Iowa Poll: 2nd & 3rd congressional districts are tight; likely voters favor Republicans in 1st & 4th

cigaretteman

HR King
May 29, 2001
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Two of Iowa’s U.S. House races are close between Democrats and Republicans, according to a new Des Moines Register/Mediacom Iowa Poll.

Likely voters in Iowa’s 2nd and 3rd districts are split between the Democratic and Republican candidates for the U.S. House. Pollster J. Ann Selzer described the races as “squeaky tight.”

Republican candidates hold the advantage in the 1st and 4th districts.

The Iowa Poll, conducted by Selzer & Co. from Oct. 9-12, asked likely voters whether they would favor the Democratic or Republican candidate for the U.S. House.

Statewide, 51% of likely Iowa voters say they support Republican House candidates, while 43% would prefer a Democrat. Among independents, 46% say they would vote for a Republican and 43% say they would vote for a Democrat.


Across the nation, if Republicans net five more seats in the U.S. House in November, they will retake the majority. Iowa’s congressional races could be key in determining which party holds power.

The poll surveyed 804 Iowa adults, including 620 likely voters. Questions based on the sample of likely voters have a margin of error of plus or minus 3.9 percentage points.

The poll question, which did not identify House candidates by name, has a margin of error of plus or minus 7.6 percentage points to 8.4 percentage points, depending on the congressional district.

Republican advantage dwindles in Iowa’s 2nd District​

The newly redrawn 2nd District, which covers Linn County and the northeastern corner of the state, saw a significant shift in favor of the Democratic candidate since July’s poll.

Among likely voters, 48% say they would prefer a Democratic candidate for the House seat, while 46% say they would vote for a Republican. In a July Iowa Poll, Republicans held the advantage by more than 10 percentage points — 54% of likely 2nd District voters said they would prefer a Republican, and 42% would support a Democrat.

Incumbent U.S. Rep. Ashley Hinson, a Republican, is running for her second term in the House. State Sen. Liz Mathis, a Democrat, is challenging her.


Poll respondent Marty Bowers, a 47-year-old HVAC tech living in Marion, plans to support Hinson in November. Bowers is a Republican who disapproves of the way Democrats have governed in Washington, D.C.

“I just believe that (Hinson’s) working for the American people, and she's doing everything she possibly can to help,” Bowers said.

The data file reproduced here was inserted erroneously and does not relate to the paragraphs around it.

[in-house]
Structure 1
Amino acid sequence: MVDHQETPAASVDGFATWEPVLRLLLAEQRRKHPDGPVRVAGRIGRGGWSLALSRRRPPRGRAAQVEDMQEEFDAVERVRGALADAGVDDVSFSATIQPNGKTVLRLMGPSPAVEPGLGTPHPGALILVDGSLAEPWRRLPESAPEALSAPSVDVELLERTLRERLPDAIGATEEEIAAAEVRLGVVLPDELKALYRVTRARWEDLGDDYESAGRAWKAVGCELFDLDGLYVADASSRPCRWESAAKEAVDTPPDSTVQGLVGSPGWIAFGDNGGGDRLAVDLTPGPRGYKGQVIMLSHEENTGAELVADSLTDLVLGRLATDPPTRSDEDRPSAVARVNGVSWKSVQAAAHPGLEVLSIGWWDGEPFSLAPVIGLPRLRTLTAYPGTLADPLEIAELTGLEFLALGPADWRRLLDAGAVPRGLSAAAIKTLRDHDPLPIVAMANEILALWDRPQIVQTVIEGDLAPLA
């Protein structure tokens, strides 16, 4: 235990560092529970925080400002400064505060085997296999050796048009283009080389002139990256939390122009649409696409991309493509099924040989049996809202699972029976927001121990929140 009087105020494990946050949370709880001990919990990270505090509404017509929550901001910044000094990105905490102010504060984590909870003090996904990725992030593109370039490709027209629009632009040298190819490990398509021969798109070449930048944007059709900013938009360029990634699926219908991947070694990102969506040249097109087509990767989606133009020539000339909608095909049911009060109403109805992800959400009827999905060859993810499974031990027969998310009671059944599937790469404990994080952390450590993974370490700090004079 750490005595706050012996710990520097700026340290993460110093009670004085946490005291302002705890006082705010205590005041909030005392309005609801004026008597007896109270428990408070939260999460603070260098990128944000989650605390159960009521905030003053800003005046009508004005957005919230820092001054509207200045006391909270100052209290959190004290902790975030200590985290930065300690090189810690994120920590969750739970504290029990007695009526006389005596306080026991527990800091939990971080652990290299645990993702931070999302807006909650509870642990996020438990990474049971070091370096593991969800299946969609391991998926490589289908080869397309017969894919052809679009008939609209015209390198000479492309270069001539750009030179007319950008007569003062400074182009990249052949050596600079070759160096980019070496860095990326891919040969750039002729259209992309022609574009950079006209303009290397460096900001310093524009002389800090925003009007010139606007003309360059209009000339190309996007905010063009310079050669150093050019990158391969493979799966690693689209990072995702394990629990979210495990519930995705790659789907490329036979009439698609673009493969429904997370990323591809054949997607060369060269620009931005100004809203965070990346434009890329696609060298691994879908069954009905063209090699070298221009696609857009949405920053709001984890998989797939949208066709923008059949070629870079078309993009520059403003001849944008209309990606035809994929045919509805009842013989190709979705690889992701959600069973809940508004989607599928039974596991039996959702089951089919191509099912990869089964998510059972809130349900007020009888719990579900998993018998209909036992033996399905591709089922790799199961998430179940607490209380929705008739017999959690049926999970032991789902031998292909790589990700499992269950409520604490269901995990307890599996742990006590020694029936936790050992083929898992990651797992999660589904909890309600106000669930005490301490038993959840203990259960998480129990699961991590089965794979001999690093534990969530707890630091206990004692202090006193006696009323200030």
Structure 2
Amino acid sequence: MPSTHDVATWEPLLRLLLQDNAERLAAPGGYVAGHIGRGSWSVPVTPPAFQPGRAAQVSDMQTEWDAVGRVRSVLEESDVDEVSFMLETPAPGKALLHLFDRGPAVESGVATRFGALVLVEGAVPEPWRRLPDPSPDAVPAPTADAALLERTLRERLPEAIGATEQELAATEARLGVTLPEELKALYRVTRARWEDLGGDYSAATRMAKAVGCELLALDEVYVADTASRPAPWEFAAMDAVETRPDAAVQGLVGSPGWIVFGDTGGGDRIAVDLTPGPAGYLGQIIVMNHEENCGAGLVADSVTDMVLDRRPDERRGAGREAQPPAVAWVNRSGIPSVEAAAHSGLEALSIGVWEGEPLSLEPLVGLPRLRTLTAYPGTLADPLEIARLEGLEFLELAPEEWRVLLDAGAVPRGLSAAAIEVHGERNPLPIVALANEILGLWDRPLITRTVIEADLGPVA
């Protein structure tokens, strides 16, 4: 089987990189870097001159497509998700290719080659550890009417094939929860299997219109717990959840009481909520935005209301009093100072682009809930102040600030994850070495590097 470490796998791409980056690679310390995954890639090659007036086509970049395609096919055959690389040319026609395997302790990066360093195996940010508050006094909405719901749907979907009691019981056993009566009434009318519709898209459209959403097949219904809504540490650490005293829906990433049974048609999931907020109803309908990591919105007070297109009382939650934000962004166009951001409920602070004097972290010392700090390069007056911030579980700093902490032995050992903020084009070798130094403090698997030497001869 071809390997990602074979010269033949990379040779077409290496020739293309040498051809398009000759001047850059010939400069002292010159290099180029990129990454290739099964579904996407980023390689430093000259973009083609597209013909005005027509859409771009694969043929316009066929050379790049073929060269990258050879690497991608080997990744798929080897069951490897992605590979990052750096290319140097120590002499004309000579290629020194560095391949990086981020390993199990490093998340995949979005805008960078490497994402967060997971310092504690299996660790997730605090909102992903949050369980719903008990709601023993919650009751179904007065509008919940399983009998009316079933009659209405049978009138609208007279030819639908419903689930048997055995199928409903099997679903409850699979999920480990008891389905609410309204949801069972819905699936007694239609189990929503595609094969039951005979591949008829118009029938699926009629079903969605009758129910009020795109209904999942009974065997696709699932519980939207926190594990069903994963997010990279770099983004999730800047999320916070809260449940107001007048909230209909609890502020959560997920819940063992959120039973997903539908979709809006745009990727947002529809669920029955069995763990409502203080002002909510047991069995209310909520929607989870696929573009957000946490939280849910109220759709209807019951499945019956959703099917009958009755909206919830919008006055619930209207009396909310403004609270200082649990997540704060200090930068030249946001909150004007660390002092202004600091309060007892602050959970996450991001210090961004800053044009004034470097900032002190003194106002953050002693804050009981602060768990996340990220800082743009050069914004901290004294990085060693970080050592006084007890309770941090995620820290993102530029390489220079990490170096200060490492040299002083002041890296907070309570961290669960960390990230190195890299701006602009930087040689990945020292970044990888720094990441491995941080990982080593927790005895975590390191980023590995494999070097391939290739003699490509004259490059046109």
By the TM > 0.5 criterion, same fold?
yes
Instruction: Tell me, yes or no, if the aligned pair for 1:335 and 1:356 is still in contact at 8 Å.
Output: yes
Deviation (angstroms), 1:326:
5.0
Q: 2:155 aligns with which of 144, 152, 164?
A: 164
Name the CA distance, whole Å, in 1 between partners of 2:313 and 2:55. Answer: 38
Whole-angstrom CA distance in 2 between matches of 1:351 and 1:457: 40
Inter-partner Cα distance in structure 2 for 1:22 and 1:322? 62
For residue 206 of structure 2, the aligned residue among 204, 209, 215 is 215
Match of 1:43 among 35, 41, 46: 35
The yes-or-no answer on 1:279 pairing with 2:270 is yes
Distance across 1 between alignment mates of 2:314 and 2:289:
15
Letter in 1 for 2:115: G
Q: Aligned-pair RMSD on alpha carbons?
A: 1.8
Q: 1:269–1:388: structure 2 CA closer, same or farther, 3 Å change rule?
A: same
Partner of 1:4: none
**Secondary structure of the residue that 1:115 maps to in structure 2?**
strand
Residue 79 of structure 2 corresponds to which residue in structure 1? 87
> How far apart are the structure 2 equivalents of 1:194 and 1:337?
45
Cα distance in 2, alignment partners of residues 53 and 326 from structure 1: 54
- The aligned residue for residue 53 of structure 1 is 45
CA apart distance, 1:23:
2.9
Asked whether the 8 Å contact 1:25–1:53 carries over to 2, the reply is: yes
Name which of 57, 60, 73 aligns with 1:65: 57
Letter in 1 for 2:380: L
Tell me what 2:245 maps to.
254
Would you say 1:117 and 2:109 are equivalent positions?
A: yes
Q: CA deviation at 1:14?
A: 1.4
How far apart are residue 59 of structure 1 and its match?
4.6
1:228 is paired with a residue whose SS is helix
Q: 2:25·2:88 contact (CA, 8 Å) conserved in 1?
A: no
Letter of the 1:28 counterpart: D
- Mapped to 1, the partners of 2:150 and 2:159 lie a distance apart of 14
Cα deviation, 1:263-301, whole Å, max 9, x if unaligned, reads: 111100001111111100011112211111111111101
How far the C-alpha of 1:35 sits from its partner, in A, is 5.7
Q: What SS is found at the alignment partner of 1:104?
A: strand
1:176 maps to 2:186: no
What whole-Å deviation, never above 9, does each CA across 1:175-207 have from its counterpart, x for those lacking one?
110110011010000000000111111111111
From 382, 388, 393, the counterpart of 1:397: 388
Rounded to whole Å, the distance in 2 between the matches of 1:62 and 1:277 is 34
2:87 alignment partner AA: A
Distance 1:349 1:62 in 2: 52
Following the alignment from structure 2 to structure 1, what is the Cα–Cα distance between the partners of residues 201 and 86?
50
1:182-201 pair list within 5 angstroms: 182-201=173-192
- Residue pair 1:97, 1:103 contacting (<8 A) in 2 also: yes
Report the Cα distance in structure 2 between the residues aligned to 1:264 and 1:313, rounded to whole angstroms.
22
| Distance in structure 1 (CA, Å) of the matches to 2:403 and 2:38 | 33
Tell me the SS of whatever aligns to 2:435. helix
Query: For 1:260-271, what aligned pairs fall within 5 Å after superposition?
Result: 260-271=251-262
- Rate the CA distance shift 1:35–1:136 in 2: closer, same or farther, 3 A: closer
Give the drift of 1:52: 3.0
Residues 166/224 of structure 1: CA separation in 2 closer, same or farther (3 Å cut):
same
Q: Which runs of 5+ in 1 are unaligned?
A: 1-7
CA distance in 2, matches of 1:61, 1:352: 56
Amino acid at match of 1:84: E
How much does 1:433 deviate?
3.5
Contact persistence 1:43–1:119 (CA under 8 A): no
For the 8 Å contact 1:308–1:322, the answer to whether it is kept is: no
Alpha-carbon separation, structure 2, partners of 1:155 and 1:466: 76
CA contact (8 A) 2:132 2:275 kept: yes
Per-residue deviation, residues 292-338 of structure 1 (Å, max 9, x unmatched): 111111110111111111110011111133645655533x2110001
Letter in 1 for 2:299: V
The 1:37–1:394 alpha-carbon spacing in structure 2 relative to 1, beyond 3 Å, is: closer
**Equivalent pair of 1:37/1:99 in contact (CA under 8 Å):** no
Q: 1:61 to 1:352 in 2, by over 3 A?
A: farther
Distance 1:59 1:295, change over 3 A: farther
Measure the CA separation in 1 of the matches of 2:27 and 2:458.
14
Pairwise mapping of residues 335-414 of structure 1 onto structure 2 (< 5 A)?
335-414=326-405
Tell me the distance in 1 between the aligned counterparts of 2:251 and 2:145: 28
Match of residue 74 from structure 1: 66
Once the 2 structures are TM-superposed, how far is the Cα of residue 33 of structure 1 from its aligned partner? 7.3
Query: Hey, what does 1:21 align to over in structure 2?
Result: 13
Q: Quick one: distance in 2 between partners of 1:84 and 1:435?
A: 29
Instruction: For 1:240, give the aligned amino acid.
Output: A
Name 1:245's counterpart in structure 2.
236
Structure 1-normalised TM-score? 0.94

Democrat Terry Muller, a 75-year-old poll respondent, intends to vote for Mathis. The Osage bus driver was impressed by a television ad in which Mathis touted endorsements from the Linn County and Black Hawk County sheriffs.

“Apparently she's been very reliable,” Muller said. “Those two sheriffs talked about all that she did for them. … They talked highly of her.”

Bowers expects Republicans to win big this November. Muller was less confident about the odds of Democrats winning in Iowa, but he thinks Mathis “stands a chance.”

Iowa’s 3rd District race gets even tighter​

Likely voters in Iowa’s 3rd Congressional District are split nearly evenly between favoring a Democrat and a Republican for the House.

Forty-nine percent of likely 3rd District voters say they would vote for a Democrat, and 48% say they would vote for a Republican. It’s an even closer race than it was in July, when 47% of likely voters said they would vote for a Democrat and 44% a Republican. The 3rd District covers Polk and Dallas counties and extends south.

Incumbent U.S. Rep. Cindy Axne, a Democrat, is running for her third term against Republican state Sen. Zach Nunn.


Poll respondent Kathy Eckhouse, a self-described “committed Democrat” from Des Moines, believes Axne deserves to be reelected.

“She is a really hard-working person, very smart,” she said. “And she represents her district really well.”

Eckhouse, the 72-year-old owner of a meat processing company, said she was especially impressed with Axne’s record on abortion rights. Since Roe v. Wade was overturned, the abortion debate has been central to the 3rd District race, and candidates have sparred in debates and advertisements about the issue.

“She supports the right of women to what I like to call ‘full personhood’: the right to control their own bodies,” Eckhouse said.

Cain Brandon, a 20-year-old union sheet metal worker, is planning to vote for Nunn.

“It’s not so much that I’m for Zach Nunn; it’s the way I’ve seen Cindy Axne perform in D.C.,” Brandon said. “I don’t approve of the way that she’s filled her job, so I think that it’s time we give someone else the opportunity to do it.”


Brandon, a Republican and Ankeny resident, said he personally disagrees with abortion, but it is not a top issue for him this election. Instead, he’s focused on the economy.

“Fuel prices need to go down. ... Everything is so expensive right now,” Brandon said.

Republicans hold advantage in 1st and 4th districts​

Voters in Iowa’s 1st District lean Republican. Fifty percent of likely voters say they would support a Republican and 41% say they would support a Democrat. The poll’s margin of error for the district is plus or minus 8.4 percentage points.

Incumbent U.S. Rep. Mariannette Miller-Meeks, a Republican, is challenged by Iowa Rep. Christina Bohannan.